I must admit I was wrong. And I am quite disappointed.
Over time, a change of perspective will probably prevail. But
its happening much more slowly than I expected (or hoped) a
few months ago.
There were clear symptoms of new thinking. Books,
articles, discussions, high-level meetings pointing to the
fact that most companies dont really understand what they
can do with the internet; and that there is much more to the
new economy than some hasty rush on the stock exchange. But
that wisdom isnt showing up a the working level. Most
companies are still trying to force the net to fit into their
traditional thinking, or trying to attract attention with
some cosmetic tricks, or simply copying what everyone else is
doing without even bothering to check if it made any sense in
the first place.
Most traditionalcompanies still have no idea
of how they can really use the internet. But whats even more
surprising is the lack of depth in the strategies and
behaviors of the new wave the internet
That isnt happening only in relatively
underdeveloped countries such as Italy. American
dot coms dont seem to be setting a good example for the
rest of the world. Forrester Research has been producing,
over the years, some of the most optimistic projections on
the growth of e-business. Its interesting to find that from
that source we are getting some pretty harsh criticism.
At the end of April George F. Colony, chairman of
Forrester, published an article with a pretty strong title:
He explains that many new economy
companies need to be exposed as what they are: empty, full of
air, shallow. Here are some of his comments.
I recently did a series of interviews with CEOs about the
next 10 years and how the Internet would change their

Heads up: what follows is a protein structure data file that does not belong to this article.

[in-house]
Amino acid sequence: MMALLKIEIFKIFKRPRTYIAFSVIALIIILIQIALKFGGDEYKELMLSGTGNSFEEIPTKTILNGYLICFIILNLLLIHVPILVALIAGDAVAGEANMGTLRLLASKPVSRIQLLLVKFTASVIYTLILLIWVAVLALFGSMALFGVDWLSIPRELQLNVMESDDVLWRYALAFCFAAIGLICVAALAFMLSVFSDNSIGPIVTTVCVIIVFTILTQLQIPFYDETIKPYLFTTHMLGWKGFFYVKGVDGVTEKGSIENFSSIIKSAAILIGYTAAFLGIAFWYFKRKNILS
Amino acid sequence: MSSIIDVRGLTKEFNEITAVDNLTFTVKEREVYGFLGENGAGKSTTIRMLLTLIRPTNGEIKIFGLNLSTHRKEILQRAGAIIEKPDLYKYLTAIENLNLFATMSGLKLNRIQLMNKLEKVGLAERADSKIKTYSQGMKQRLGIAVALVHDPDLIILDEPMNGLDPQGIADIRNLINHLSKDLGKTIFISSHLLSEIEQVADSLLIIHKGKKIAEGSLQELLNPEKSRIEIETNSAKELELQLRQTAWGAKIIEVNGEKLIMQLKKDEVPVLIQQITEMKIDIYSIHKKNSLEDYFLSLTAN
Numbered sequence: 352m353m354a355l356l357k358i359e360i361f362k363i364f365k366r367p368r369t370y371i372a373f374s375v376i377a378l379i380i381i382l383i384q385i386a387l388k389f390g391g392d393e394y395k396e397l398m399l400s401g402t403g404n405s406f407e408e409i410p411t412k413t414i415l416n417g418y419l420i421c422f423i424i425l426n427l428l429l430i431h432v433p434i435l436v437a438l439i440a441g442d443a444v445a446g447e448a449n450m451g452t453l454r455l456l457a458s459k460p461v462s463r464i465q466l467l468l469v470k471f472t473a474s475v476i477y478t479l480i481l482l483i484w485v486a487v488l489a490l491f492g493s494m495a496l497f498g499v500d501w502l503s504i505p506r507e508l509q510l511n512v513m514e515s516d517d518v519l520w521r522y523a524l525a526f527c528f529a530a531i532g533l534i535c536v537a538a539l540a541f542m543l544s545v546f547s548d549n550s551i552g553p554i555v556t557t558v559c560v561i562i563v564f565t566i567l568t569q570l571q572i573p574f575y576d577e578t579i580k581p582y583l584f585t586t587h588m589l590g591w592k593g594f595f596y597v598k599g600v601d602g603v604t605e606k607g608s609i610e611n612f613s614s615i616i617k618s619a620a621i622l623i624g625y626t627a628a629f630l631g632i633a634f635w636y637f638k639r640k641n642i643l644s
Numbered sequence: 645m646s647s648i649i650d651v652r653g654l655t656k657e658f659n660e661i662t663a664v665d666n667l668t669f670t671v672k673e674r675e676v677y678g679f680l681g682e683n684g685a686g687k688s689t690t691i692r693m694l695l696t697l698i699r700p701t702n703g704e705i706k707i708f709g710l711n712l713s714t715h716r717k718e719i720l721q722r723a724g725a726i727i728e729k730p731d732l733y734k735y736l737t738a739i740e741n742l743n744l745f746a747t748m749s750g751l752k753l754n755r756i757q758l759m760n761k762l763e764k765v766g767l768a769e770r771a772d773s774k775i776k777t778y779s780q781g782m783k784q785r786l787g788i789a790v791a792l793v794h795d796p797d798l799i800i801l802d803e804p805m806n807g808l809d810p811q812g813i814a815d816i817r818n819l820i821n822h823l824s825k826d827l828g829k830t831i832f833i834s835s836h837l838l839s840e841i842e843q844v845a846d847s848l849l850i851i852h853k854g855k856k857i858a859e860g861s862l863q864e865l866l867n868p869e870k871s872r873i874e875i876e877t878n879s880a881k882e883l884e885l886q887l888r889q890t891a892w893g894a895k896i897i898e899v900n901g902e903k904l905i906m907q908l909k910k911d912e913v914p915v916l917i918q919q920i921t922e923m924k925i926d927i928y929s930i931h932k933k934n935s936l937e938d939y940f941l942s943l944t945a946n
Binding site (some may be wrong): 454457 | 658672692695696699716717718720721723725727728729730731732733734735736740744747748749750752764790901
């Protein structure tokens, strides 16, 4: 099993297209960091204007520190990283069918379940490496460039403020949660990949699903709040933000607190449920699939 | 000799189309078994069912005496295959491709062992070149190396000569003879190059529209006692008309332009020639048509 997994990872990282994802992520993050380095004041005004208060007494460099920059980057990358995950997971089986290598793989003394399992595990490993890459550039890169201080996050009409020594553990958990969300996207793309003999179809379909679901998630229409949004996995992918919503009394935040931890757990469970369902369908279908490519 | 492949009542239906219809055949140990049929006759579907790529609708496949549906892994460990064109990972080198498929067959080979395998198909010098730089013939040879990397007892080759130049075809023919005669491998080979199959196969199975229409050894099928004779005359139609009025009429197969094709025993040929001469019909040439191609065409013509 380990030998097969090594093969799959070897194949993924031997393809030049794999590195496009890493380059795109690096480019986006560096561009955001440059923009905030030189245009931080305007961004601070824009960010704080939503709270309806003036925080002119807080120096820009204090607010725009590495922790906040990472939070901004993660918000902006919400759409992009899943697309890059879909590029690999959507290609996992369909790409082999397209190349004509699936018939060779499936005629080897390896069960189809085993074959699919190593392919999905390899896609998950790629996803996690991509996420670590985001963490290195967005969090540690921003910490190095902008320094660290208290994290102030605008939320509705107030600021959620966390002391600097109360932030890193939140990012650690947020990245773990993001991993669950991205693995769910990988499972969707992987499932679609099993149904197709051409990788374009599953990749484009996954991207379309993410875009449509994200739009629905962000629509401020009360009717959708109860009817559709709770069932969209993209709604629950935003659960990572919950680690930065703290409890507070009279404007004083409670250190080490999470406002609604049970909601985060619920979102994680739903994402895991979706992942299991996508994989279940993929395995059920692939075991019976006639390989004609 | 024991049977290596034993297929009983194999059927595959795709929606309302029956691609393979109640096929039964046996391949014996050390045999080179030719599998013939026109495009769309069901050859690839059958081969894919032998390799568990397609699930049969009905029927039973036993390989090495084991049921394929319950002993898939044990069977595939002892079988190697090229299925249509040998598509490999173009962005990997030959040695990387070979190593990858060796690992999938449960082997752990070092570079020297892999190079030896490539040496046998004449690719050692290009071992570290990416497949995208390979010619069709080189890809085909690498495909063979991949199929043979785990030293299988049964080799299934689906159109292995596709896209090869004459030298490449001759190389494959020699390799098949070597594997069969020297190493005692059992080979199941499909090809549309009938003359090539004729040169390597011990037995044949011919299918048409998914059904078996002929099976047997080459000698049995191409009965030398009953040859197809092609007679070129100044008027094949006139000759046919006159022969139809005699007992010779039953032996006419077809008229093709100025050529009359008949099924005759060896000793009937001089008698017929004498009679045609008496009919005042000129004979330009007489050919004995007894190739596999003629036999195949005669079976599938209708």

business. Most of the interviews were with Global 2,500 CEOs
people like Harvey Golub at American Express. But 20% of
my conversations were with the leaders of Dot Coms.Yes, the
traditional CEOs were scared by the internet and were
scrambling to catch up. But that wasnt what grabbed me. The
biggest revelation was the low quality of the Dot Com CEOs
when compared with the traditionalists.
What was missing? Many of the Dot Com CEOs lacked depth,
experience, and common business sense. Their commitment was
short-term three years on the average. They talked about
their highly fluid work force a constantly changing cast
of characters, washing in on the promise of more stock
options and an IPO and then washing out, post-offering, in
search of another pre-IPO company. The business thinking of
these CEOs centered on simplistic and clichéd mental
models: Be like Amazon! Advertise,
advertise, advertise! Its a land grab!
We dont want to be profitable too fast.
B2B is the place to be. There was a fanatical
focus on valuation getting public and liquid while
value what the customer eventually gets was a back-seat
discussion. In many ways, these companies felt hollow,
lacking some of the fundamental ingredients of long-term
success. Four dynamics drive this mentality. The first is
history. Capitalists and entrepreneurs look backward at
companies like Microsoft, Sun, or Cisco and perceive that
first-mover status creates a tornado, in the words of
Geoffrey Moore, that steals the air from competitors and
locks up a market. The lesson: Go fast or die. The second
dynamic driving this trend is jealousy. Entrepreneurs see
undeserving people getting rich fast, and they want their
piece of the pie. The third dynamic is the flavor of current
capital. Public markets are gullible and ready to buy equity
in half-baked, or even quarter-baked, "companies."
Venture capitalists appreciate the window for quick-flipping